CHAPTER 1: WHAT IS ENTERPRISE ARCHITECTURE? – Enterprise Architecture: A Pocket Guide


Some definitions

What is enterprise architecture, and why does it matter to business and to the governance1 of business and IT?

The Practical Guide for the US Federal Enterprise Architecture Framework defines enterprise as:

‘…an organisation or cross-functional entity supporting a defined business scope or mission. [It] includes interdependent resources – people, organisations and technology – who must coordinate their functions and share information in support of a common mission or set of related missions.’2

Note that, as the same document also emphasises:

‘…in many cases, the enterprise may transcend established organisational boundaries – e.g. trade, grant management, financial management, logistics.’

A shared enterprise that extends beyond the organisation – as in a supply-chain or an industry consortium – may require more complex forms of governance, based on negotiation between partners rather than straightforward executive decisions.

The Practical Guide defines architecture as:

1 See Chapter 3 for the specific meanings of ‘governance’ as used here.

2 See

‘…the structure of components, their interrelationships, and the principles and guidelines governing their evolution and design.’

In effect, an ‘architecture’ in this context defines the content for a ‘knowledge base’ about structure, components, interrelationships and principles that are relevant to the needs of the enterprise.

Note that the Practical Guide definition above does not restrict ‘architecture’ to a predefined scope, such as software or IT. Despite the common assertion – such as in the TOGAF™3 specification – that enterprise architecture is a subset of IT governance, its scope could, and for consistency generally should, extend to the entire enterprise.4

Combining the definitions above, enterprise architecture is thus a discipline through which an enterprise can identify, develop and manage its knowledge of its purpose, its structure and itself. Some of that knowledge will be about IT, but it will also need to include many other concerns:

• business architecture

• organisational structure

• performance management

• business continuity/resilience planning

• process architecture

• security architecture

• data architecture

• applications architecture

• technology – infrastructure architecture.

3 TOGAF™ Version 9, Van Haren, 2009.

4 Tom Graves, Real Enterprise Architecture, Tetradian, 2008.

As a discipline, enterprise architecture provides a means to link together all of these differing ‘architectures’ and structural concerns.

Why enterprise architecture matters

The business purpose of the enterprise architecture body of knowledge is to provide decision support for direction and change at any level of the enterprise. Such decisions might include:

• executive – what the enterprise is and does, where it’s going, the choices in that journey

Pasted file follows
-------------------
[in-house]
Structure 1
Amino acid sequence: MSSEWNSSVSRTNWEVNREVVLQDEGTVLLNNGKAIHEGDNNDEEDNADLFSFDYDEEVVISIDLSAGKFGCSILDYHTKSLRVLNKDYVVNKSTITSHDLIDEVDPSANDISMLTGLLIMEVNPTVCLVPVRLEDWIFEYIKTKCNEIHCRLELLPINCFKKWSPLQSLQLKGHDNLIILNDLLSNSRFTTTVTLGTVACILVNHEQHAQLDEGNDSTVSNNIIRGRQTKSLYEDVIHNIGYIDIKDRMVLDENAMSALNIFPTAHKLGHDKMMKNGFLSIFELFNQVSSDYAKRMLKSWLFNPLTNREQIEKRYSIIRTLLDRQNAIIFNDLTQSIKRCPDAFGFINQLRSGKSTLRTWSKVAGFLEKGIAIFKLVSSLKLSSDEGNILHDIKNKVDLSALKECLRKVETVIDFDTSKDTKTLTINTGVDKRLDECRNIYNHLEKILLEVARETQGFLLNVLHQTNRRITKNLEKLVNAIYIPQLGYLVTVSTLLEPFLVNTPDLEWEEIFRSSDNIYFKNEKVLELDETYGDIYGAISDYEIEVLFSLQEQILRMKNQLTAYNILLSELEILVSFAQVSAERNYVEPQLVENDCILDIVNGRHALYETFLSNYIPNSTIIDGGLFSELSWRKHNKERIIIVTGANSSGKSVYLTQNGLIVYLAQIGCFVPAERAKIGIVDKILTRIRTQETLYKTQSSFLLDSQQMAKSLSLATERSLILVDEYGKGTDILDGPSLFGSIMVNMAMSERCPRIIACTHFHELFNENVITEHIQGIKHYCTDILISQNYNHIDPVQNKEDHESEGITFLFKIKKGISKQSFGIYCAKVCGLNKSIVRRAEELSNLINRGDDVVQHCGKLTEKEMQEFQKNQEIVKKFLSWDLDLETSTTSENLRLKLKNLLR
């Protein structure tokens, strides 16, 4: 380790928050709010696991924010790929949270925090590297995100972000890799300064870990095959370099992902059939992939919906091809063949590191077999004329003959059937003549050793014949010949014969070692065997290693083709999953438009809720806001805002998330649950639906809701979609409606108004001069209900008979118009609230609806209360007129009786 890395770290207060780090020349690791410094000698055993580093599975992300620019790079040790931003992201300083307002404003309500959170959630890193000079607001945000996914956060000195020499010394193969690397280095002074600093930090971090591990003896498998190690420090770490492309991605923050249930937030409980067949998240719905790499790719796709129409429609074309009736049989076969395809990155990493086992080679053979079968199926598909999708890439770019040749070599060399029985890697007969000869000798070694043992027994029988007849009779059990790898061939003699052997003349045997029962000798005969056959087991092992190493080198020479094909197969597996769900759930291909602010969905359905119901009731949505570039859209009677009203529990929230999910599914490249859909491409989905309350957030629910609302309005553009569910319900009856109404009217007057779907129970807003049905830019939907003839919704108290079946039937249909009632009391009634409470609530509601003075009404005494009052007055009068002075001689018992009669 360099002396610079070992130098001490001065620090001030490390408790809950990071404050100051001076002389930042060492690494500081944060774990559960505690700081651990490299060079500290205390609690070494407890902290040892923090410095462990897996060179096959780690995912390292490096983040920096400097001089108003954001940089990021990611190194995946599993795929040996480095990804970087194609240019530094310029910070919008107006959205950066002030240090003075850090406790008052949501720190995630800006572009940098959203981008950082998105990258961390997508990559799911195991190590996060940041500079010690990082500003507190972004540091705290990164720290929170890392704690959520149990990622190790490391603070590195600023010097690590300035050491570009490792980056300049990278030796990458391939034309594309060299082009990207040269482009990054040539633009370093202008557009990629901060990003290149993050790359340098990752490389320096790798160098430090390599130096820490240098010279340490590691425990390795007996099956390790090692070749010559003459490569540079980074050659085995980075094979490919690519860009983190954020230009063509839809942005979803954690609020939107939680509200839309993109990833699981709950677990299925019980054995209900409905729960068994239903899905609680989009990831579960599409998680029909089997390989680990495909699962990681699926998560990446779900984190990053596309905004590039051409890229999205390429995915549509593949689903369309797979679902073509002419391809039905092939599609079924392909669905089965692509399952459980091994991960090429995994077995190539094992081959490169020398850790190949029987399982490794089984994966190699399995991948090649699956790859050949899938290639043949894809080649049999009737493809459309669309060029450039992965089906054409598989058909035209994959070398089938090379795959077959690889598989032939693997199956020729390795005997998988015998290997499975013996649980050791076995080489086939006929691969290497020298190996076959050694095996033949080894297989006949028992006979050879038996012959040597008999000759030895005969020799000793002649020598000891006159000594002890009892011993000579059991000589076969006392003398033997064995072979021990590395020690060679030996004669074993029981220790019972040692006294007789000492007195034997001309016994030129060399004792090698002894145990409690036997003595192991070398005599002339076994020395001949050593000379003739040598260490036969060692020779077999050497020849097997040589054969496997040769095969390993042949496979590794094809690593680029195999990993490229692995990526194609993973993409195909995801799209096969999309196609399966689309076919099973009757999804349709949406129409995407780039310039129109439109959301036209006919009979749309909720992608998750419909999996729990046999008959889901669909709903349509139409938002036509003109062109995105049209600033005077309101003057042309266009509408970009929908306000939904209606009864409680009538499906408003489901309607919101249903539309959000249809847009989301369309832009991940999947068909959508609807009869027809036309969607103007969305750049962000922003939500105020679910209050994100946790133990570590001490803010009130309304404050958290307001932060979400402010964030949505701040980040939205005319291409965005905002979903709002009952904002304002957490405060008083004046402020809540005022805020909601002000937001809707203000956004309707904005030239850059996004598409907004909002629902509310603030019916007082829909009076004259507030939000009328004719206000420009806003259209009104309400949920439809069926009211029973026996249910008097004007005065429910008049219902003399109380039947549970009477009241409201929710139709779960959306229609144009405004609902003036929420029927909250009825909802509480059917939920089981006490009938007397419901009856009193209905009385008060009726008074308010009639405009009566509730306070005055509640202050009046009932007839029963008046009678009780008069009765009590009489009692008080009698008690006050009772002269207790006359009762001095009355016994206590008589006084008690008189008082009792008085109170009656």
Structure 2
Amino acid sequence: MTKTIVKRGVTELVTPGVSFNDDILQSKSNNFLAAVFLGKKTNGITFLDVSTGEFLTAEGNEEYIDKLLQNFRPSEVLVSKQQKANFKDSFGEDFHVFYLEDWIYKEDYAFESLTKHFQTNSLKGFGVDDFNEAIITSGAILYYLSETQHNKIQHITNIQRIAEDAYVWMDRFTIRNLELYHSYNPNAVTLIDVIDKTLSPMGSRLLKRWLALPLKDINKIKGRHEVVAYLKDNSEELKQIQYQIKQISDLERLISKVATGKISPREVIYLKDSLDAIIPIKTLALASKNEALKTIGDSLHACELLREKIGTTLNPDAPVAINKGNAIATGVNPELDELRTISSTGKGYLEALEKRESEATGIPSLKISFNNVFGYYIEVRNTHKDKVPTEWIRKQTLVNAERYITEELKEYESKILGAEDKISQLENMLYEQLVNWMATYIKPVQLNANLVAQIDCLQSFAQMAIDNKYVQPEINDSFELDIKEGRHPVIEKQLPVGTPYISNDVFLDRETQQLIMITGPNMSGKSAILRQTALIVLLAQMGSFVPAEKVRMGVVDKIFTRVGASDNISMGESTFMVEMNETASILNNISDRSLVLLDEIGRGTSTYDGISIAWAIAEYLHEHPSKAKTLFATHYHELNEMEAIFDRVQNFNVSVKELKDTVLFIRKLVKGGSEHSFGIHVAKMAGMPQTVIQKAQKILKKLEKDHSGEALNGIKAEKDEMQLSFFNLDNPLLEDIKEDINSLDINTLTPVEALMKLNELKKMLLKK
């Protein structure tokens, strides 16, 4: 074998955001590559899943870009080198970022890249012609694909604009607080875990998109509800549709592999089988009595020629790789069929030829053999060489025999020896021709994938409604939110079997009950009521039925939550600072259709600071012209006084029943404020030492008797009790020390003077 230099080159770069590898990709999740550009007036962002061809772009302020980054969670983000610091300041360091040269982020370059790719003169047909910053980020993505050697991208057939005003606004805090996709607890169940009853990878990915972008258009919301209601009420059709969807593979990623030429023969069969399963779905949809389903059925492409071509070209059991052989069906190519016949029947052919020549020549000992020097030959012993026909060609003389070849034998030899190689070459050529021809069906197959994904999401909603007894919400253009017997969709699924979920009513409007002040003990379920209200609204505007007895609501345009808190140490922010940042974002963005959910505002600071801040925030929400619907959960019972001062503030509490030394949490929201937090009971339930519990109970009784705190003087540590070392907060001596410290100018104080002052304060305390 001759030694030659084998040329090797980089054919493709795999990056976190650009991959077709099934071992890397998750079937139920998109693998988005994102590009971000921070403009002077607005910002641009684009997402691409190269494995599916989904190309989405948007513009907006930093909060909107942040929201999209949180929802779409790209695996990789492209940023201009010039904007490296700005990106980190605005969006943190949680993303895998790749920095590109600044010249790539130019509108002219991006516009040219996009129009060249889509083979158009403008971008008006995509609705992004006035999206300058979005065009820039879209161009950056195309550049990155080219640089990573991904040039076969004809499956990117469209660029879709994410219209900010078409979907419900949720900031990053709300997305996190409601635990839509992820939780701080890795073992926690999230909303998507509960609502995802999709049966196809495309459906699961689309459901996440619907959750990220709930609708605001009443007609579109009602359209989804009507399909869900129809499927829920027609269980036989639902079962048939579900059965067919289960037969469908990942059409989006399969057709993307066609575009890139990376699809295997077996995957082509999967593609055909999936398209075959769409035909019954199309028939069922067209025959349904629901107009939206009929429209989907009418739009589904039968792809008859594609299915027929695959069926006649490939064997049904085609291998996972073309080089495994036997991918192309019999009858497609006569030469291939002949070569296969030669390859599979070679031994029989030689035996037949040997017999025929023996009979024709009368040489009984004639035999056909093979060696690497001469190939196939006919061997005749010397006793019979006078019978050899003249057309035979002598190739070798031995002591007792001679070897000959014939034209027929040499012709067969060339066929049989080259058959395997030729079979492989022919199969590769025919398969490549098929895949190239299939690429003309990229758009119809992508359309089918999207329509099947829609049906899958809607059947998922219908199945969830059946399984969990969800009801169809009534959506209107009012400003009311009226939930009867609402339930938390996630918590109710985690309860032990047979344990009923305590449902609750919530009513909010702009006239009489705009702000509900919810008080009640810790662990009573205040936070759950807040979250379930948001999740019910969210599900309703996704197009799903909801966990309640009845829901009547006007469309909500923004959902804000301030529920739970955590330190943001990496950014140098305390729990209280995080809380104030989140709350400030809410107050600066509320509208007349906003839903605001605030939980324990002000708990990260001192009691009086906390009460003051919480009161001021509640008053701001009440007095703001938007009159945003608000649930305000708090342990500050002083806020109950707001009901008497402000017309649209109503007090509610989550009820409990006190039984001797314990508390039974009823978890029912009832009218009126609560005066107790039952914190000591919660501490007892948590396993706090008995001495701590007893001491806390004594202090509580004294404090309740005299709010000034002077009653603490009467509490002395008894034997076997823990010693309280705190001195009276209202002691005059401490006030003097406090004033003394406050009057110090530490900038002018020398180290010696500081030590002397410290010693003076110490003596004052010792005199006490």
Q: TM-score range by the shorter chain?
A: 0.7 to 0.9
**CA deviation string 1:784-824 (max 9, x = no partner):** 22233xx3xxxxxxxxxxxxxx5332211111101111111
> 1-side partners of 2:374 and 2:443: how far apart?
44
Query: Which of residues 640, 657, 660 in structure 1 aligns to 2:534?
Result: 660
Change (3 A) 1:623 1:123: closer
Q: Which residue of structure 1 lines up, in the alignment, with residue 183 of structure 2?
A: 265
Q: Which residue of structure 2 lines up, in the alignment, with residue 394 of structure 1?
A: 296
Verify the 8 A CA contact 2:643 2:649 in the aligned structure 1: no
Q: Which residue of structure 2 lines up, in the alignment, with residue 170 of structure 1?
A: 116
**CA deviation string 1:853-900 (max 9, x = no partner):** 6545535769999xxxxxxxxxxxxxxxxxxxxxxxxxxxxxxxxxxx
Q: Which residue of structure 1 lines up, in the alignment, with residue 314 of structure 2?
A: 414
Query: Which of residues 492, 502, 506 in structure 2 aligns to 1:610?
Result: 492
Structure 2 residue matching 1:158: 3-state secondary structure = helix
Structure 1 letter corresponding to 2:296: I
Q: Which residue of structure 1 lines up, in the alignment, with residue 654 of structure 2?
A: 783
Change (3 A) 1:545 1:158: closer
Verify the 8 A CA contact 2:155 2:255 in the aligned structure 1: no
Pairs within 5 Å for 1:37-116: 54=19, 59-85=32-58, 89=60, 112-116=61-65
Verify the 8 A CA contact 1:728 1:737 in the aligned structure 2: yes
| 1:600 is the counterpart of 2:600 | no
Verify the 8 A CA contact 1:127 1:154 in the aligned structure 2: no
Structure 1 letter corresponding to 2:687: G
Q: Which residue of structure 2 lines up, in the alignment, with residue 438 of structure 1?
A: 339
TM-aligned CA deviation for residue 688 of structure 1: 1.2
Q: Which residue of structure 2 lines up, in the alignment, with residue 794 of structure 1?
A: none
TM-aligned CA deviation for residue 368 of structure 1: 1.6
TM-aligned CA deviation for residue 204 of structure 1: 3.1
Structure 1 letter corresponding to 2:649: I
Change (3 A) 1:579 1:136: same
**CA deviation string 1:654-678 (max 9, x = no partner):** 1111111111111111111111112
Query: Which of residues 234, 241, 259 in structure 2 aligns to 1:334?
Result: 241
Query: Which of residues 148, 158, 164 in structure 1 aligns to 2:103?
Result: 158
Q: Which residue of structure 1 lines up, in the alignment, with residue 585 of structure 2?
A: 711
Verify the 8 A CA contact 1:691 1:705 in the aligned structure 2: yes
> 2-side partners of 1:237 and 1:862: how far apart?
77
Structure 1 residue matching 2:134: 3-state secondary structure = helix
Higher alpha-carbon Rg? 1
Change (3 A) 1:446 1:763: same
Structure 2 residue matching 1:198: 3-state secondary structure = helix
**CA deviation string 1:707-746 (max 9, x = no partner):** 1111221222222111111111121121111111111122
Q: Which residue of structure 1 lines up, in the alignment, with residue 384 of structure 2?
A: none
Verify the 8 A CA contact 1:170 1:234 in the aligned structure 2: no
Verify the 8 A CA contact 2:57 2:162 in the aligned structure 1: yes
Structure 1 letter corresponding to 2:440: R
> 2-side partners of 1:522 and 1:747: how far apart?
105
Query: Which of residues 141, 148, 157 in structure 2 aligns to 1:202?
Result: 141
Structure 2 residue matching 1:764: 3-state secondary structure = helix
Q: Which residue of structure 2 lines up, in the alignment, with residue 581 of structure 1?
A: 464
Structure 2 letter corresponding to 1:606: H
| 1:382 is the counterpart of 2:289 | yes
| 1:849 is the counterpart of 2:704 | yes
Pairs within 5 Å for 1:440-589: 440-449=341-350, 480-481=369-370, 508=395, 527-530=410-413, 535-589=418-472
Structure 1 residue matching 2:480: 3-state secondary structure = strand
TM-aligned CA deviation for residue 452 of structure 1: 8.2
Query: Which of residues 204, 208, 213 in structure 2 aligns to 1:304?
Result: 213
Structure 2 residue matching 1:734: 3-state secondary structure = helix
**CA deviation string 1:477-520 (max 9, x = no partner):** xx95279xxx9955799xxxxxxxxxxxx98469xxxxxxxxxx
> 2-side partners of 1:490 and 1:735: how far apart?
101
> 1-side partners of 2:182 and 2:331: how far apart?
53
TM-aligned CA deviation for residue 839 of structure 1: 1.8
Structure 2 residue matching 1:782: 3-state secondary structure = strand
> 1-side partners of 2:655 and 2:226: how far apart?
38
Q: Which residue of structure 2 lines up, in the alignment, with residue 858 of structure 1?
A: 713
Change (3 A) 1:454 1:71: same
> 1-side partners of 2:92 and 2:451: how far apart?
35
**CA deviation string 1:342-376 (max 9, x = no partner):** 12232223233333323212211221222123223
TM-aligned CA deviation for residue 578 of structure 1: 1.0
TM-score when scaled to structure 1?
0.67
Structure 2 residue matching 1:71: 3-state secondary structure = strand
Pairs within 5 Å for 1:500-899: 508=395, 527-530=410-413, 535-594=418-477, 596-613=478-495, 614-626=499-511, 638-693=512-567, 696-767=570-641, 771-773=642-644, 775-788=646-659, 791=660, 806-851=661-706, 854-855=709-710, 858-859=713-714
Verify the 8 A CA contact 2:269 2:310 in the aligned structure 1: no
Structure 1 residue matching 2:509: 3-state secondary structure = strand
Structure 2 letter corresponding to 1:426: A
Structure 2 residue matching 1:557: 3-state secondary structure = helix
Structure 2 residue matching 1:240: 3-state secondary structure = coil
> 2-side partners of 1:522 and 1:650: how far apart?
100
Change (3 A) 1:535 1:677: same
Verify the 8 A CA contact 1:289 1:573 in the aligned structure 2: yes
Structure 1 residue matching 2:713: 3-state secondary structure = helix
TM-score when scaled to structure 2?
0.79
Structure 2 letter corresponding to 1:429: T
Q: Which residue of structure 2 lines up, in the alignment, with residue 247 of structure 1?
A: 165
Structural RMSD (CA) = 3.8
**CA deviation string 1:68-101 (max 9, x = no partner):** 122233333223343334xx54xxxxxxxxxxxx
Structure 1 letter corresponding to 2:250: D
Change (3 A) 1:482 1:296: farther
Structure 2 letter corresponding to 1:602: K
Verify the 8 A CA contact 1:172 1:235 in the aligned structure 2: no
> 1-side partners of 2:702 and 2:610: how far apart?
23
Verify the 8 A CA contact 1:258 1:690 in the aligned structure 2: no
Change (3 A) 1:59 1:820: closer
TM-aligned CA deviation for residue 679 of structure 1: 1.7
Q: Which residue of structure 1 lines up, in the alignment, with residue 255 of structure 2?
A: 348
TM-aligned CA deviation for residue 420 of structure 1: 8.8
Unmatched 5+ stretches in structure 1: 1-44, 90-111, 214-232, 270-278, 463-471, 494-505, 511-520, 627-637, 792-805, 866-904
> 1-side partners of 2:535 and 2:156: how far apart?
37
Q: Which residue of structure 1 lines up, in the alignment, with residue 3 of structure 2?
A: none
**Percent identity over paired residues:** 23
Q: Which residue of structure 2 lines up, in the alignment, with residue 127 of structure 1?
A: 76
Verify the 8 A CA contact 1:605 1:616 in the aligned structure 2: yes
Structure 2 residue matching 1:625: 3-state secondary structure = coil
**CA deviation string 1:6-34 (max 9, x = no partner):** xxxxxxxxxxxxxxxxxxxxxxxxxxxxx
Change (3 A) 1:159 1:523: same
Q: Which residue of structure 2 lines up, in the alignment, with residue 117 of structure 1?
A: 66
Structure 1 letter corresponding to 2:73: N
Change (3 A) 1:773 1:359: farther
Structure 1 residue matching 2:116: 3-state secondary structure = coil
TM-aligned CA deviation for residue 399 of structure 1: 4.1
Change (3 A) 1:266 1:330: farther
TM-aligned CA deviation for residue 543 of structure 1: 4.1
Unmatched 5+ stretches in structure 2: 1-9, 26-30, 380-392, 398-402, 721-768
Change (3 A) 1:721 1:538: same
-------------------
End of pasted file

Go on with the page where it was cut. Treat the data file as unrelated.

• programme and portfolio management – preferred technologies or process models for new developments

• operations planning – when to decommission an outdated legacy system

• resilience planning – alternative systems expected to be online by a specific date.

For example, the business questions enterprise architecture could be used to answer include:

• ‘What structures would we need to support this strategy?’

• ‘What constraints will our existing structures place on our strategic choices?’

• ‘What opportunities would be available to us with these innovations in our structures?’

• ‘How quickly could we align the systems of this newly-acquired company with our own?’

Within the upper levels of the organisation, decision support from enterprise architecture will simplify the ‘conversation’ between strategy – which sets enterprise direction – and an enterprise-wide programme management office (or equivalent) which implements the changes in capabilities and facilities required for each new strategy.

Enterprise architecture will also assist in managing changes imposed on the organisation from outside, by the market, by regulations, or – at an operations level – by system failures, environmental incidents or customer complaints. A more mature enterprise architecture will be able to map interdependencies across almost every aspect of the enterprise. This would aid resilience planning, for example, by identifying the probable impact that a server failure would have on key business-performance metrics; or compliance management, by indicating the manual and automated parts of processes that would be affected by new legislation.

A well-defined and well-maintained enterprise architecture is also proven to be a key factor in an organisation’s agility, effectiveness and ability to respond to risk, opportunity and change.5

5 Jeanne Ross, Peter Weill and David Robertson, Enterprise Architecture as Strategy, Harvard Business School Press, 2006.